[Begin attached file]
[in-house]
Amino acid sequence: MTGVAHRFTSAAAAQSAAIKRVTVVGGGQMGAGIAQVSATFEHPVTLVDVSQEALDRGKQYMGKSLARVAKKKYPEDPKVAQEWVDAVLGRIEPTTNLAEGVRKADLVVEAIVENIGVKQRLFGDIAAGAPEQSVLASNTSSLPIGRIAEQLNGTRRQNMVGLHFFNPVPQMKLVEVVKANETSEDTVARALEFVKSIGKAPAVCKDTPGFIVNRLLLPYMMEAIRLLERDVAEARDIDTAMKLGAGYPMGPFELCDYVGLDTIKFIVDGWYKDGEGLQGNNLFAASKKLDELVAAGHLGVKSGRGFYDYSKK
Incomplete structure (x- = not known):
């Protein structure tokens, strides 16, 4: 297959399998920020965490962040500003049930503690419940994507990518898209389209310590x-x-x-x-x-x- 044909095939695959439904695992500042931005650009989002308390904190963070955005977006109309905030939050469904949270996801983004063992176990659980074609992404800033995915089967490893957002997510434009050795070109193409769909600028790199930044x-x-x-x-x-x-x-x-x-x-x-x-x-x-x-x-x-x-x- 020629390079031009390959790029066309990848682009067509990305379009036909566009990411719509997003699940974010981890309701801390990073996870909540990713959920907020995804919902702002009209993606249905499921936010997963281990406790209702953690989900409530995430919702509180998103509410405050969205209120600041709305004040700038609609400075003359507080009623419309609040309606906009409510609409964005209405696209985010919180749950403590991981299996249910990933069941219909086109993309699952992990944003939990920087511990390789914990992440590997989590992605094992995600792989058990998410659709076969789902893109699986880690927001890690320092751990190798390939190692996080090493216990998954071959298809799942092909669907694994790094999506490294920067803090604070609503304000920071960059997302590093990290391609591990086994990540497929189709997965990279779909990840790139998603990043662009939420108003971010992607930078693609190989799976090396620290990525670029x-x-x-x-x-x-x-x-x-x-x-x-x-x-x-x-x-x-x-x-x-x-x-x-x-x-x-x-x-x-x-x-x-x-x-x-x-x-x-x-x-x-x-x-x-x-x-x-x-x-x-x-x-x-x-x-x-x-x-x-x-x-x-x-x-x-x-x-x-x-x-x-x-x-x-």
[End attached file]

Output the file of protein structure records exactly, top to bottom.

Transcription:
[in-house]
Amino acid sequence: MTGVAHRFTSAAAAQSAAIKRVTVVGGGQMGAGIAQVSATFEHPVTLVDVSQEALDRGKQYMGKSLARVAKKKYPEDPKVAQEWVDAVLGRIEPTTNLAEGVRKADLVVEAIVENIGVKQRLFGDIAAGAPEQSVLASNTSSLPIGRIAEQLNGTRRQNMVGLHFFNPVPQMKLVEVVKANETSEDTVARALEFVKSIGKAPAVCKDTPGFIVNRLLLPYMMEAIRLLERDVAEARDIDTAMKLGAGYPMGPFELCDYVGLDTIKFIVDGWYKDGEGLQGNNLFAASKKLDELVAAGHLGVKSGRGFYDYSKK
Incomplete structure (x- = not known):
């Protein structure tokens, strides 16, 4: 297959399998920020965490962040500003049930503690419940994507990518898209389209310590x-x-x-x-x-x- 044909095939695959439904695992500042931005650009989002308390904190963070955005977006109309905030939050469904949270996801983004063992176990659980074609992404800033995915089967490893957002997510434009050795070109193409769909600028790199930044x-x-x-x-x-x-x-x-x-x-x-x-x-x-x-x-x-x-x- 020629390079031009390959790029066309990848682009067509990305379009036909566009990411719509997003699940974010981890309701801390990073996870909540990713959920907020995804919902702002009209993606249905499921936010997963281990406790209702953690989900409530995430919702509180998103509410405050969205209120600041709305004040700038609609400075003359507080009623419309609040309606906009409510609409964005209405696209985010919180749950403590991981299996249910990933069941219909086109993309699952992990944003939990920087511990390789914990992440590997989590992605094992995600792989058990998410659709076969789902893109699986880690927001890690320092751990190798390939190692996080090493216990998954071959298809799942092909669907694994790094999506490294920067803090604070609503304000920071960059997302590093990290391609591990086994990540497929189709997965990279779909990840790139998603990043662009939420108003971010992607930078693609190989799976090396620290990525670029x-x-x-x-x-x-x-x-x-x-x-x-x-x-x-x-x-x-x-x-x-x-x-x-x-x-x-x-x-x-x-x-x-x-x-x-x-x-x-x-x-x-x-x-x-x-x-x-x-x-x-x-x-x-x-x-x-x-x-x-x-x-x-x-x-x-x-x-x-x-x-x-x-x-x-």